Salmonella Found In Chicken Feed At 2 Iowa Farms

Food and Drug Administration officials say they have found positive samples of salmonella that link two Iowa farms to a massive egg recall.

FDA officials said Thursday that investigators found salmonella in chicken feed at Wright County Egg that was used by that farm and also Hillandale Farms. They also found additional samples of salmonella in other locations at Wright County Egg. More than 550 million eggs from the two farms were recalled this month after they were linked to salmonella poisoning in several states.

Also Thursday, the federal Centers for Disease Control and Prevention said that there could now be as many as 1,470 illnesses linked to the outbreak, about 200 more than previously thought.

Sherri McGarry of the FDA's Center for Food Safety and Applied Nutrition said the salmonella found at Wright County Egg matches the fingerprint of the salmonella found in many of those who were sickened. She said the tests indicate that contaminated feed is a source of the outbreak but possibly not the only source.

McGarry and other FDA officials emphasized in a briefing for reporters that the agency's investigation is ongoing, and that they do not yet know how the feed became contaminated. Investigators are analyzing as many as 600 samples from various places at the two farms.

FDA Deputy Commissioner Dr. Joshua Sharfstein said the investigators are not just looking at the feed, but at the "overall contamination of the facility." Contamination found in the feed could be a part of a larger problem, he said.

"While they have found it in the feed they are not confirming any sort of cause and effect relationship," he said.

The feed mill where the salmonella was found operates as part of the Wright County Egg facility and also provides feed to Hillandale Farms. Officials said they are not yet sure whether the feed came to the farm contaminated or was contaminated at the farms. They said there is no evidence at this time that the feed went to any other farms.

Congress is hoping to get more answers from the two farms, the FDA and the Agriculture Department in September. A House Energy and Commerce subcommittee announced it will hold a hearing on the recall Sept. 14.

The committee is inviting Austin "Jack" DeCoster, the owner of Wright County Egg, and Orland Bethel, the owner of Hillandale Farms, to testify. The panel is doing an investigation into the recall and has written both farms, asking about company operations, communications with the government and what they knew and when.

The panel has also written the FDA, which oversees the safety of shell eggs, and the Agriculture Department, which oversees other egg products and the health of the hens. The committee asked for records of inspections and past communications with the two farms, along with other documents. The FDA has said it has "no inspectional history" with the two farms.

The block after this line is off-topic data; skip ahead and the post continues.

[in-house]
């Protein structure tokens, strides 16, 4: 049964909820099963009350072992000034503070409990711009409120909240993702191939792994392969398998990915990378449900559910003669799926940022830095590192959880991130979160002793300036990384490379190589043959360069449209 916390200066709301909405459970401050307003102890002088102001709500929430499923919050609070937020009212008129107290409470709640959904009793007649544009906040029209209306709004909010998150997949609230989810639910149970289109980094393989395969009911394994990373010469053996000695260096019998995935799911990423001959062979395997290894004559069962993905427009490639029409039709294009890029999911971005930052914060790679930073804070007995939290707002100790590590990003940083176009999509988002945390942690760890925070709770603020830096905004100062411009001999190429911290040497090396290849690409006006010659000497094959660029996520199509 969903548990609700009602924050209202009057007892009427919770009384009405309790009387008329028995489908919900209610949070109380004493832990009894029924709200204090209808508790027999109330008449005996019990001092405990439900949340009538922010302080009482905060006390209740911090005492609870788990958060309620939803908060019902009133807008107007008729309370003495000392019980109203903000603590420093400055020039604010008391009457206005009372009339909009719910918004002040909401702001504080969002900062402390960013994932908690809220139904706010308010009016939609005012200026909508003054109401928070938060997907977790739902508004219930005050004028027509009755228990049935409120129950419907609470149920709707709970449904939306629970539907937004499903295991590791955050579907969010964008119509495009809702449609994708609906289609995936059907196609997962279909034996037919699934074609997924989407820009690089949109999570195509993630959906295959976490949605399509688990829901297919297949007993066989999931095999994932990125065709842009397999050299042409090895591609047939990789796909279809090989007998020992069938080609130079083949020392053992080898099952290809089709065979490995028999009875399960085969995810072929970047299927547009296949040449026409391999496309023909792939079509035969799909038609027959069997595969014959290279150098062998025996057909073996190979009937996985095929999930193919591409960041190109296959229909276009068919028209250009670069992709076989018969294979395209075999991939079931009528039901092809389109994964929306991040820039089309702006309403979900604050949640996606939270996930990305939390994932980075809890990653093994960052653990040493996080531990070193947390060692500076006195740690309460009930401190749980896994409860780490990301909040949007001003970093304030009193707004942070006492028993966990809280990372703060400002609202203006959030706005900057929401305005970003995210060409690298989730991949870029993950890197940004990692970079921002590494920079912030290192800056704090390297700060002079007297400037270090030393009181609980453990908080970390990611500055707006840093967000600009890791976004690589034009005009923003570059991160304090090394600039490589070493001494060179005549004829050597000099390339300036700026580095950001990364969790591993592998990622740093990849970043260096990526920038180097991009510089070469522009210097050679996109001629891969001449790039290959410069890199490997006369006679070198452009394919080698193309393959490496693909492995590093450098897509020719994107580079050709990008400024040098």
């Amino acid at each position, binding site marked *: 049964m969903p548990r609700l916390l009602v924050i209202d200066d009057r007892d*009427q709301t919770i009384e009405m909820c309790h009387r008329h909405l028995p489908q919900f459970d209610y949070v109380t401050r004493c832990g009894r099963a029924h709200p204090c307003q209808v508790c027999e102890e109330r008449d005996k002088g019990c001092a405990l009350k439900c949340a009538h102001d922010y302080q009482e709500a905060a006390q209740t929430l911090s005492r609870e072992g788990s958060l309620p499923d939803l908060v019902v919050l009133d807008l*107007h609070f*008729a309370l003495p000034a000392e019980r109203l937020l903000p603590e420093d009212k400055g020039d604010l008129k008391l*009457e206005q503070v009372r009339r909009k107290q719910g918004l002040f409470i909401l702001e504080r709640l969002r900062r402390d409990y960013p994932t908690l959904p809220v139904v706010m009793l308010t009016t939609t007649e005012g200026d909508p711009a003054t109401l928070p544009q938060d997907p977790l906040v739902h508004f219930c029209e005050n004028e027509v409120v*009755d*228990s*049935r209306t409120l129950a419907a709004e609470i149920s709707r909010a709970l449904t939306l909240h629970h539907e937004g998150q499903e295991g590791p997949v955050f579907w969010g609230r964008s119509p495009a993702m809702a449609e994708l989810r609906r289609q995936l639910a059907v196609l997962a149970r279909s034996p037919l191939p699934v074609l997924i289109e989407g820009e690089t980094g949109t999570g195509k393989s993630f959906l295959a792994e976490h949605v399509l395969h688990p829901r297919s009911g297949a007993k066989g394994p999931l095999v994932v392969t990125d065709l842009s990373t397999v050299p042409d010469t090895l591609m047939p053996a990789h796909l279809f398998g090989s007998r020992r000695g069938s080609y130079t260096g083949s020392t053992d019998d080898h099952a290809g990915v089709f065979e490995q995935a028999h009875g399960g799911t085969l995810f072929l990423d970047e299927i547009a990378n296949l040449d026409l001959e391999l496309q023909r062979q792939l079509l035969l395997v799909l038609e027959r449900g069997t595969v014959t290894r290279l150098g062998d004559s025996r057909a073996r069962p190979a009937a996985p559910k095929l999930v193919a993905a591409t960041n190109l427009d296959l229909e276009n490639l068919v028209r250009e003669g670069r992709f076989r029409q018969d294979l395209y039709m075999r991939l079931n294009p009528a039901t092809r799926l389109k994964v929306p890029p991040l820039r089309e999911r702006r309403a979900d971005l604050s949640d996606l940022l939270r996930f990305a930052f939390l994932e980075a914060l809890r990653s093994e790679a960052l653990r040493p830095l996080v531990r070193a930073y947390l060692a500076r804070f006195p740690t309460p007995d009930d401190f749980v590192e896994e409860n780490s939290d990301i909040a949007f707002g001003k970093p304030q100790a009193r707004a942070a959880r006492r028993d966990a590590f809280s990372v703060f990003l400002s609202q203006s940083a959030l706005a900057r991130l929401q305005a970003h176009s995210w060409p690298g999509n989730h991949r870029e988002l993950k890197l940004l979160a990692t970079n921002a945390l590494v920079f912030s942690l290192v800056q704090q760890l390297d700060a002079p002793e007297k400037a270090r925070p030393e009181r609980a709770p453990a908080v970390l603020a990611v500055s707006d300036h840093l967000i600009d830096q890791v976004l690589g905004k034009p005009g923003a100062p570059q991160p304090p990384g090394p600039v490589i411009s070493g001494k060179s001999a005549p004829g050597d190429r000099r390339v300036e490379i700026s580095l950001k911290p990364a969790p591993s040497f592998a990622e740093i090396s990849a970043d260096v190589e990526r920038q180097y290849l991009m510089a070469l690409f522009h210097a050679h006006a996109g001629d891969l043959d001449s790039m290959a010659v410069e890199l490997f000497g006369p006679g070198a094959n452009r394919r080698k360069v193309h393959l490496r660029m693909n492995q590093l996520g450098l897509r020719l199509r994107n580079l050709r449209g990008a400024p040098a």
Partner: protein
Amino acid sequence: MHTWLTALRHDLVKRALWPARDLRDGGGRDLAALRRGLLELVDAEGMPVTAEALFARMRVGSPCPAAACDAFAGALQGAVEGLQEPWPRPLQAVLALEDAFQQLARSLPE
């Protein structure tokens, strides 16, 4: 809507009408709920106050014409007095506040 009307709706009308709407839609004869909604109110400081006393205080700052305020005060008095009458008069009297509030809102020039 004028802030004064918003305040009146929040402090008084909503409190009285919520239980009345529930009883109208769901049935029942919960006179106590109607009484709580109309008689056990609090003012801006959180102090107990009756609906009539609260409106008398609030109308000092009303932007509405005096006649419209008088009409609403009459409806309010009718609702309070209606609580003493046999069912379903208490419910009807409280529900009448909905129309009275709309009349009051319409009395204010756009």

Rep. Rosa DeLauro, D-Conn., who heads the spending committee that oversees the FDA and USDA, has also written letters to the two agencies.

A spokeswoman for Wright County Egg would not say if DeCoster will attend the September hearing, but said the company is "working right now" to respond to the committee.

"We will approach it in the same forthright manner as we have in our cooperation with FDA to date," said Hinda Mitchell.

DeCoster, who has paid millions of dollars in fines over the last 20 years for health, safety, immigration and environmental violations, has not responded to interview requests.

A worker at his office's headquarters near Galt, Iowa on Wednesday said he wasn't available, and in his home in Clarion, Iowa on Wednesday, his wife Patricia also said he was not around. She said the last few weeks "have been quite a time for us" but declined further comment.

A spokeswoman for Hillandale Farms also said the company is reviewing the committee's questions and "expect to cooperate in the same open manner as we have with the FDA."

FDA officials have said they don't expect the recall to grow beyond the two farms. The number of illnesses, which can be life-threatening, especially to those with weakened immune systems, is expected to increase.

Thoroughly cooking eggs can kill the bacteria. But health officials are recommending people throw away or return the recalled eggs.

Comments

 

Please keep your community civil. All comments must follow the NPR.org Community rules and Terms of Use. NPR reserves the right to use the comments we receive, in whole or in part, and to use the commenter's name and location, in any medium. See also the Terms of Use, Privacy Policy and Community FAQ.